Misogyny in the World Cup: Soccer’s Unfair Pay Gap
February 10, 2023
Did you know that on average in 2020, for every dollar that a man makes, a woman makes about 82 cents? This unfair pay gap between women and men has been a reoccurring issue that affects women across the globe and in different fields of work, including famous athletes.
With the Men’s 2022 World Cup finally finished, the Women’s 2023 World Cup is quickly approaching. However, the excitement for this event is nothing compared to the anticipation that controlled soccer fans before the Men’s World Cup. Now, why is this? Some toxic fans are not the only place where misogyny is present in the sports industry. There is still a large pay gap between women’s and men’s soccer.
The 2022 Men’s World Cup was hosted in the country of Qatar, which itself has a misogynistic government. Many women even refused to travel to Qatar to watch the World Cup for fear of their safety. The ideas present in Qatar’s government have spread around the world, especially to young men and boys. These “fans” have often said that they are not going to watch the Women’s World Cup because they believe that it is not on the same level as men’s soccer.
In the United States, the women’s national soccer team often dominates the competition. Regardless of how strong of a team they are, they are still not held to the same standards that men are. When the women’s team qualifies for the World Cup, they earn about 750,000 dollars. On the other hand, the male team receives 2.5 million dollars for the same achievement.
The 2019 Women’s World Cup final, which the U.S. team was in, was watched by 14.3 million people in the United States. However, the 2022 men’s final, which the U.S. team was not in, was watched by 16.7 million people. In fact, the U.S. team was knocked out after the first game in the Round of 16.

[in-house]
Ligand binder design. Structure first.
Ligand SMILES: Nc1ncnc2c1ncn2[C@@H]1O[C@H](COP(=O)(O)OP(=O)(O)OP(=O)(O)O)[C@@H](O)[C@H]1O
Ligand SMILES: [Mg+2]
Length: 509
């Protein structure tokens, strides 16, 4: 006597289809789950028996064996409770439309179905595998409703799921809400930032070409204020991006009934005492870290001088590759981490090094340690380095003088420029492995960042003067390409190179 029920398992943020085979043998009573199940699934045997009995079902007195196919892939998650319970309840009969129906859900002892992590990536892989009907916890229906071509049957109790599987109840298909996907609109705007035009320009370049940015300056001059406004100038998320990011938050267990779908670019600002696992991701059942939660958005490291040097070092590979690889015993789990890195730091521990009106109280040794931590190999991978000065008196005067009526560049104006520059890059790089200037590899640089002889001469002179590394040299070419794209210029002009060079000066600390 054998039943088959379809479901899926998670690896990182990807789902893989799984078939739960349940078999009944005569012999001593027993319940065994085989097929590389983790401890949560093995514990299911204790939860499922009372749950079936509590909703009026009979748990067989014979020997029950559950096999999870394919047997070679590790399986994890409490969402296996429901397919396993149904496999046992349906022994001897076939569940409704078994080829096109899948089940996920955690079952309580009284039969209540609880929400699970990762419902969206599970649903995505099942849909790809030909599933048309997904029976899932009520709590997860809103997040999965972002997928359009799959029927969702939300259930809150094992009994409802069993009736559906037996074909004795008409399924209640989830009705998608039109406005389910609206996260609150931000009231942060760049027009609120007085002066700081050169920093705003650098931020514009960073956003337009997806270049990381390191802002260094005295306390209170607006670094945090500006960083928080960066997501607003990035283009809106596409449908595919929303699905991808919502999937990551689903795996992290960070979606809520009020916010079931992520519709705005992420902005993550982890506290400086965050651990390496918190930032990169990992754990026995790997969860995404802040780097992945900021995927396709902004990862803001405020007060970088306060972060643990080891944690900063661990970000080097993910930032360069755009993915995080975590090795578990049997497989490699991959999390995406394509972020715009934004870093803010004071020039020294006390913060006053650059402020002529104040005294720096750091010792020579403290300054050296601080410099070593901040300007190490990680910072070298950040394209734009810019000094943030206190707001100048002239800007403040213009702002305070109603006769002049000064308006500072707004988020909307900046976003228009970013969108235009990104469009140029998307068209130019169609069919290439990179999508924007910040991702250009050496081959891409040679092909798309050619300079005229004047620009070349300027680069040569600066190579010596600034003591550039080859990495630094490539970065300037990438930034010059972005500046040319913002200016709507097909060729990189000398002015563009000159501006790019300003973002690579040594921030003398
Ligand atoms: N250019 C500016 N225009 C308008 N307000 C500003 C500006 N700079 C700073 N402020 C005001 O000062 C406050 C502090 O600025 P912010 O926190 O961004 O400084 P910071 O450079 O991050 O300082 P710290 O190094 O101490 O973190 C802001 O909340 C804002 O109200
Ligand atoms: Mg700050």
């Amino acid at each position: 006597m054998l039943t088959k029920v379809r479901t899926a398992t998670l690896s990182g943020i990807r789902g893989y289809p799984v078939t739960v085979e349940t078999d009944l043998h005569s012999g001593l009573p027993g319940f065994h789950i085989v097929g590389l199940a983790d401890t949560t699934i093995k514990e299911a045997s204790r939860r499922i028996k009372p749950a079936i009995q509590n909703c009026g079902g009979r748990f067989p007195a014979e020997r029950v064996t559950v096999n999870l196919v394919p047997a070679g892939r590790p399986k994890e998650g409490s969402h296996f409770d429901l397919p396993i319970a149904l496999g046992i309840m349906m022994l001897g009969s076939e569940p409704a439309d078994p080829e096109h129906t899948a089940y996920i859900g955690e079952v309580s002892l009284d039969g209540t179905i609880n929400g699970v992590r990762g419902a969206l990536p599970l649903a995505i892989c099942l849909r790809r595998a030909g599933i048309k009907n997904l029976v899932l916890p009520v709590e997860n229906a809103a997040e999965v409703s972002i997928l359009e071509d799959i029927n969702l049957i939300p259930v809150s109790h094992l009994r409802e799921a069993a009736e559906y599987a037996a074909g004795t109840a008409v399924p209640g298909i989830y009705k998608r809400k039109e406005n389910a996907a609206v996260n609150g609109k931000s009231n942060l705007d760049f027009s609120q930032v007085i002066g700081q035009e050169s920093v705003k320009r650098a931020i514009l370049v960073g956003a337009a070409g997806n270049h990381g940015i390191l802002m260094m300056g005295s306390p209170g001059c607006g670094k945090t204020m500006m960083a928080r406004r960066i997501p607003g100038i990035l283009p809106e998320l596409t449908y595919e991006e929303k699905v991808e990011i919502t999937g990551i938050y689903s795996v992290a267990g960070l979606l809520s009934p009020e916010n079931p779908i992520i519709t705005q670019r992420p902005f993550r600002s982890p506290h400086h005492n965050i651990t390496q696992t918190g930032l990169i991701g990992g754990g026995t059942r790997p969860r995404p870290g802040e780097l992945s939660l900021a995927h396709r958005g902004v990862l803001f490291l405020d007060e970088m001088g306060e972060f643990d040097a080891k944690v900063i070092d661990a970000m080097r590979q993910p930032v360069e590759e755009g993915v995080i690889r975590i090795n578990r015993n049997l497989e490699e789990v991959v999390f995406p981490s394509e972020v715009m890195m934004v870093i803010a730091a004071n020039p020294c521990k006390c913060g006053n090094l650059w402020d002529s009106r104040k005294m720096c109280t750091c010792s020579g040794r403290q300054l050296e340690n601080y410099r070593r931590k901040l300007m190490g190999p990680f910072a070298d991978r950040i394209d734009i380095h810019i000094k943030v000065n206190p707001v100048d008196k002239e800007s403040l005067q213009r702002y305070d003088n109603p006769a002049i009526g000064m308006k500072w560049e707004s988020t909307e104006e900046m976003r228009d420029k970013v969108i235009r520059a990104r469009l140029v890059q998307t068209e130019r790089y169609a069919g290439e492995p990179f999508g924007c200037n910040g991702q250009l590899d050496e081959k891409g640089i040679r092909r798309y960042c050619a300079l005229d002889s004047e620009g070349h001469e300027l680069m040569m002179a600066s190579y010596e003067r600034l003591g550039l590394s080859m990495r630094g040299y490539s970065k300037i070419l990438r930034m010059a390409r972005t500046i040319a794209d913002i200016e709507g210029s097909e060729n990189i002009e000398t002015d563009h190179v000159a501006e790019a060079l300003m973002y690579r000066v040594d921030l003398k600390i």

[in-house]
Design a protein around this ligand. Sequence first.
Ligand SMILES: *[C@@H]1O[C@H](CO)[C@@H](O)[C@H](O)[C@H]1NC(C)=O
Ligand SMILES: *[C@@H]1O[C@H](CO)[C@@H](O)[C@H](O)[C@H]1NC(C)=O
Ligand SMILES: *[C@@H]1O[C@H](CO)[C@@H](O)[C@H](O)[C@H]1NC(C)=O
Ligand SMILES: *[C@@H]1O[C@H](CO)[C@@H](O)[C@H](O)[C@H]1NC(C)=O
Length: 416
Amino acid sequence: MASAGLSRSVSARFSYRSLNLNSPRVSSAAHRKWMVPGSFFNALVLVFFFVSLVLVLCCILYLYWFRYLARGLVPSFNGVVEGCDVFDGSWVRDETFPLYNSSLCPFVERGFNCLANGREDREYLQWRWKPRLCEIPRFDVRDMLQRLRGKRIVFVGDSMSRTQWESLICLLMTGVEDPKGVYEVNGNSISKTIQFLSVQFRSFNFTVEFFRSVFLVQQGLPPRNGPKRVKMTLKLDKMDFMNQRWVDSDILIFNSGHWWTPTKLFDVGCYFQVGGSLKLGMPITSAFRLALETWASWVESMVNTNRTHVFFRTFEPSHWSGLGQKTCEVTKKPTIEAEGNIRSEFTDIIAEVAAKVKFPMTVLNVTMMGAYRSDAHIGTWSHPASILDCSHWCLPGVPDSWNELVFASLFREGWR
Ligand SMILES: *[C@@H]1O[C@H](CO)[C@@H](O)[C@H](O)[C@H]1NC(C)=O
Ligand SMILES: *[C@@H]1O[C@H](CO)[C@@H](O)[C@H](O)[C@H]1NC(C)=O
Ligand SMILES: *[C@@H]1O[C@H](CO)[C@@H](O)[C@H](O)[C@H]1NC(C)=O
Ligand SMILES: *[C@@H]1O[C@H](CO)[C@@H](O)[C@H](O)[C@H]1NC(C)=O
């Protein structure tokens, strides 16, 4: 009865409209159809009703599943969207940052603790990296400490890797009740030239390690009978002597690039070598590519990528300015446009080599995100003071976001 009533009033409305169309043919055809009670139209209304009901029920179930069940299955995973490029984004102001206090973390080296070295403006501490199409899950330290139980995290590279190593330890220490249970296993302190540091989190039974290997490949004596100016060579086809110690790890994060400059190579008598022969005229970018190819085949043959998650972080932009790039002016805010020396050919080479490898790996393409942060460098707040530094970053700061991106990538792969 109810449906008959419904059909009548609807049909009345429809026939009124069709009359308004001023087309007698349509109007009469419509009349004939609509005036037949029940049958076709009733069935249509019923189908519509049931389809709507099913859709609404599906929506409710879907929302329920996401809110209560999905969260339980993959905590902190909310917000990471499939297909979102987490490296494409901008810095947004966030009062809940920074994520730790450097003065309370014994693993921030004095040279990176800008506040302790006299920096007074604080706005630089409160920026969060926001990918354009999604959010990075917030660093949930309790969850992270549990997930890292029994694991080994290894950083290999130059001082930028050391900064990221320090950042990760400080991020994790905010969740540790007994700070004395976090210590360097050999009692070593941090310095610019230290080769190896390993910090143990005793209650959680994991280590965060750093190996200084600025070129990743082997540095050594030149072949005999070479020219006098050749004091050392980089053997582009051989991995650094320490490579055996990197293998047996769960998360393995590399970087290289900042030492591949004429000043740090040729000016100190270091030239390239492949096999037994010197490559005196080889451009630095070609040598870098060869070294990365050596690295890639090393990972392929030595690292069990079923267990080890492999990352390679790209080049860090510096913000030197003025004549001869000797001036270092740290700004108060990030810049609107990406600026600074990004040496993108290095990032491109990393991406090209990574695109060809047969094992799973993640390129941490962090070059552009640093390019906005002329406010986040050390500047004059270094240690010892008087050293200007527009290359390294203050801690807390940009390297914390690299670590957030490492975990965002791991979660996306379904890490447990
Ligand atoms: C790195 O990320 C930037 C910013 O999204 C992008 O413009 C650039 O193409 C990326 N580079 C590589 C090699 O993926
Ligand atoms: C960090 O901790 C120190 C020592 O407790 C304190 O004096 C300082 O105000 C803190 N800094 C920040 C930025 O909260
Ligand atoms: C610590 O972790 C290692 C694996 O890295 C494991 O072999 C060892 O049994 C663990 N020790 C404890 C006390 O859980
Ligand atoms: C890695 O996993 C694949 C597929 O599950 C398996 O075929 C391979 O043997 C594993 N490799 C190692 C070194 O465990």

As of 2022, Samantha Kerr, who plays for Australia’s national team, was the highest-paid women’s soccer player. She was earning about 500,000 dollars a year. Cristiano Ronaldo was the highest-paid male soccer player, earning about 200 million dollars each year.
After dealing with the misogyny in the industry, the women’s national team filed an official complaint in 2016 since male players were being paid about four times more than the amount they were paid. In the summer of 2022, Judge Gary Klausner granted preliminary approval of a 24 million dollar pay discrimination settlement. The Soccer Federation also announced that they announced their plan to make the pay equal for both teams.
Becky Sauerbrunn, a player on the women’s national team, comments on the new deal that will limit, possibly even fully remove, the pay gap. She hopes that the deal will “not only [provide] for equal pay but also in [improve] the training and playing environment for national team players.”
The sexism in the soccer industry reflects badly on young girls who dream of being female athletes in the future. It shows them that regardless of their talent, they will never be seen as equal to male athletes. Although a deal was reached in 2022 that will help close the pay gap between the U.S. soccer teams, there is still a lot of work to be done to make sports fairer for everyone.